Cop cuts off uniform of corrections officer accused of smuggling contraband: ‘A disgrace to this uniform’

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WAYNE COUNTY, GA – A former Wayne County corrections officer has been accused of “disgracing” the uniform. And arresting jail deputy literally cut off his shirt after the corrections officer was arrested for allegedly smuggling contraband to inmates in the jail – and the sheriff’s office even posted the video of the shirt removal online.

Yet the video resulted in outrage online, with commenters proclaiming that the corrections officer accused of smuggling contraband to inmates didn’t need to be humiliated during his arrest.

According to an August 22nd press release from the Wayne County Sheriff’s Office and the Jesup Police Department, both the sheriff’s office and local police department had been conducting a weeks’ long investigation into contraband finding its way into the Wayne County Jail:

“Sheriff R.E. ‘Chuck’ Moseley of the Wayne County Sheriff’s Office and Chief Perry Morgan of the Jesup Police Department would like to announce the conclusion of a two-week long investigation.

The Jesup Wayne tactical narcotics team has been conducting an undercover operation into a Wayne County detention officer moving contraband to inmates incarcerated in the Wayne County Jail.”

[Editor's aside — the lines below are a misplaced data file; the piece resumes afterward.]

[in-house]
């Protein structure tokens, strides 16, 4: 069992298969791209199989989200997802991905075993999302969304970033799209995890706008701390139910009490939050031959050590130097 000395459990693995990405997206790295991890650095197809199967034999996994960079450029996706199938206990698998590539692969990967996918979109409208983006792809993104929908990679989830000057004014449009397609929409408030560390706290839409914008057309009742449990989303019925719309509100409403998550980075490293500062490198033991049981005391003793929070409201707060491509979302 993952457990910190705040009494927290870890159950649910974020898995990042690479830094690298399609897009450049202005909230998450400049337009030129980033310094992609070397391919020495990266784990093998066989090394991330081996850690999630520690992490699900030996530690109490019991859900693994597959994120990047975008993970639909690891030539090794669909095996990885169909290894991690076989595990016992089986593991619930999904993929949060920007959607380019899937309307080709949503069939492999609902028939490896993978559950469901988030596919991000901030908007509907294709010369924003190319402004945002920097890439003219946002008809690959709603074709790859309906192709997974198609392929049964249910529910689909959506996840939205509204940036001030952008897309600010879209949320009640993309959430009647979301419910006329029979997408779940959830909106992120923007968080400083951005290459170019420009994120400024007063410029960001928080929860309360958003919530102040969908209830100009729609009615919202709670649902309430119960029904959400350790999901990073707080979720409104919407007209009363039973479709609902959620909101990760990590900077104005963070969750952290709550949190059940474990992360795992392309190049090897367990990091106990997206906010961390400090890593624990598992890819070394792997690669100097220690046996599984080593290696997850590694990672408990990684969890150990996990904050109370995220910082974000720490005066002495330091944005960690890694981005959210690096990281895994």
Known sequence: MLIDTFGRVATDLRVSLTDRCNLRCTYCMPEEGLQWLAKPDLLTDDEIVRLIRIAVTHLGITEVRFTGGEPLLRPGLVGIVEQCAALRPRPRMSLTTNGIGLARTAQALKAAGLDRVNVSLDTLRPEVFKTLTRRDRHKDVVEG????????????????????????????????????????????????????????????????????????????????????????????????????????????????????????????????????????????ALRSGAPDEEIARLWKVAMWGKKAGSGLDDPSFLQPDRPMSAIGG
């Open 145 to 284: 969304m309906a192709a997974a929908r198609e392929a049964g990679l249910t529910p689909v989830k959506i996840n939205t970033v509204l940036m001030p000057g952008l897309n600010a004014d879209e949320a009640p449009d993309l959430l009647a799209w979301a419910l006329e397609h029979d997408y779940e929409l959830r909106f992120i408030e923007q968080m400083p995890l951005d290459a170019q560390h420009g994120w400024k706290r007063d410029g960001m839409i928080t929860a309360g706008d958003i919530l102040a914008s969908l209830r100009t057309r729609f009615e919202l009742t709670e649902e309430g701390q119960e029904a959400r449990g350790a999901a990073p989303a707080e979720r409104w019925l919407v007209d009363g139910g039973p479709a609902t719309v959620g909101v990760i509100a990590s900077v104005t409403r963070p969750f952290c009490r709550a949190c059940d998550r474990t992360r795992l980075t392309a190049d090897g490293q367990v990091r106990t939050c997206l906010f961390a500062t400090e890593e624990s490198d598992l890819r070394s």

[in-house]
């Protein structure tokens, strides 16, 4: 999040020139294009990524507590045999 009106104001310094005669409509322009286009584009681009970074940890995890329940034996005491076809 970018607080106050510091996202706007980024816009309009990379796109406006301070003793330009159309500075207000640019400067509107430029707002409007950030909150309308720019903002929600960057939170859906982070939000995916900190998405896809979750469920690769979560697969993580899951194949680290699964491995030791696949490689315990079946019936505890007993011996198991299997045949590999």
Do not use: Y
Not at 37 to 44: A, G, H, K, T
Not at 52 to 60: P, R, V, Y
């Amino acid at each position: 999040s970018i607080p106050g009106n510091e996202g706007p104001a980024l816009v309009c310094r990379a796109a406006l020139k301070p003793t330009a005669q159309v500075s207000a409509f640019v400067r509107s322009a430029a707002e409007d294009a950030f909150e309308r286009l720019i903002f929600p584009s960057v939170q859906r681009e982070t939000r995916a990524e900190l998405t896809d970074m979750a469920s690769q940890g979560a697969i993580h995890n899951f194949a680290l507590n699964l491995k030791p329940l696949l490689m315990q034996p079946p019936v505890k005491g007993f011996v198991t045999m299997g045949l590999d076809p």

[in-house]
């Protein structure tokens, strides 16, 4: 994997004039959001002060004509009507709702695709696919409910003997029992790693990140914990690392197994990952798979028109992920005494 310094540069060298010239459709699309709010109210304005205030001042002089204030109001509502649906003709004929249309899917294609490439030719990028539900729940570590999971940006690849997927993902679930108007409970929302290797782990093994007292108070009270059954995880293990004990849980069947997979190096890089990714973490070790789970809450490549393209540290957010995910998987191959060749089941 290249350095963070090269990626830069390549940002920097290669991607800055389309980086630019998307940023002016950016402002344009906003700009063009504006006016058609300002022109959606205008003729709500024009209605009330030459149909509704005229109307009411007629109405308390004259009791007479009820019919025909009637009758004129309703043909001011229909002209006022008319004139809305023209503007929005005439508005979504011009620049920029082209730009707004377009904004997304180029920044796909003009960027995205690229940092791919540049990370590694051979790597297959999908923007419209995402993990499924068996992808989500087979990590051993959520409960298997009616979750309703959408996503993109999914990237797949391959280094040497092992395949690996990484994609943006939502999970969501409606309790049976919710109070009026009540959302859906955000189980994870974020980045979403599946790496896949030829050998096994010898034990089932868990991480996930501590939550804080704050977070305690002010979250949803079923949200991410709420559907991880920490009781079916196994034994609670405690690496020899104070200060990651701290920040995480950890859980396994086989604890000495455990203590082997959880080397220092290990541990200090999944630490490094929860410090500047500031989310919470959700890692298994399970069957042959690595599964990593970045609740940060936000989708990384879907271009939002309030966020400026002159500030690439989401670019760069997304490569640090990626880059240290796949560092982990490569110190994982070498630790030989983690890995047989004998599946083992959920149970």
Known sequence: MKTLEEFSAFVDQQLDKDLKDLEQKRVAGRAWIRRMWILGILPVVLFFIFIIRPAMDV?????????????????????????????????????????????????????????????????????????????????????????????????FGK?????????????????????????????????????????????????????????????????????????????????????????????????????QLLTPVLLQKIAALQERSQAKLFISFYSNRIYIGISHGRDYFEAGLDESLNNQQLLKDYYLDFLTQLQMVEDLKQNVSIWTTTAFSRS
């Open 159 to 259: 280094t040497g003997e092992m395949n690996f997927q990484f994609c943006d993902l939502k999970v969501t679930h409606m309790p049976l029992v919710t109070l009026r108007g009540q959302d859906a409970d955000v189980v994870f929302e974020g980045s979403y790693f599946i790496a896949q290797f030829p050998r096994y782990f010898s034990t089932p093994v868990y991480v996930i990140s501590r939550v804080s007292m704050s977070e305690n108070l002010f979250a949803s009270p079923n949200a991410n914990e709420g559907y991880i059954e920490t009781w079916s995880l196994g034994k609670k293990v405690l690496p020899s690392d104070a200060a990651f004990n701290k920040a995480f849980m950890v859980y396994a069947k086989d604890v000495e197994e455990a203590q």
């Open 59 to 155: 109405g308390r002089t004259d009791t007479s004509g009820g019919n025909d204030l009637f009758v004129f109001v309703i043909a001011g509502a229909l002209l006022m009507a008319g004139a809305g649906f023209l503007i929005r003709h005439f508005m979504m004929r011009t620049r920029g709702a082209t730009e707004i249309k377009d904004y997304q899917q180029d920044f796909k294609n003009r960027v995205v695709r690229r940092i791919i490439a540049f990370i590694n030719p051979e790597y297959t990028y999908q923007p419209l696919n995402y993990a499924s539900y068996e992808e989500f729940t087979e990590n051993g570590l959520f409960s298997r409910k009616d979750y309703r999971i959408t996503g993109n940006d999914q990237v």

Apparently, this investigation led to charges against one corrections officer, identified as Dayton Beasley, which the press release noting that Beasley “has been stripped of his authority and status as a Detention Officer” and has been “arrested with multiple charges pending.”

Beasley was reportedly charged with violation of oath of office, trading with inmates without consent of warden or superintendent, crossing the guard line with a controlled substance, and simply “other charges” as mentioned in the release.

The press release concluded with the sentiments of both the sheriff and police chief highlighting their disdain for law enforcement officers betraying their oath:

“Sheriff Mosely and Chief Morgan would like this case to serve as an example of their hard stance against corruption in law enforcement. As the adage goes, ‘no one dislikes bad cops more than good cops’.

This stands true with both the sheriff and the chief. Corruption in our departments will not be tolerated. We strive hard to gain the trust and support of the public and officers and deputies that break that trust will be investigated and prosecuted to the fullest extent of the law.”

In a video posted to the Wayne County Sheriff’s Office Facebook page (that has since been removed), Beasley was shown in handcuffs at the jail while another corrections officer literally cut Beasley’s uniform shirt off – saying he “disgraced” his uniform:

“You come to our jail and do this; this is what it’s gonna get you. You’re a disgrace to this uniform and you need to go to jail for good.’

While there were many people that supported the video, other commenters online seemed outraged over the display loaded up into Facebook, claiming it was no more than public shaming and perhaps over excessive: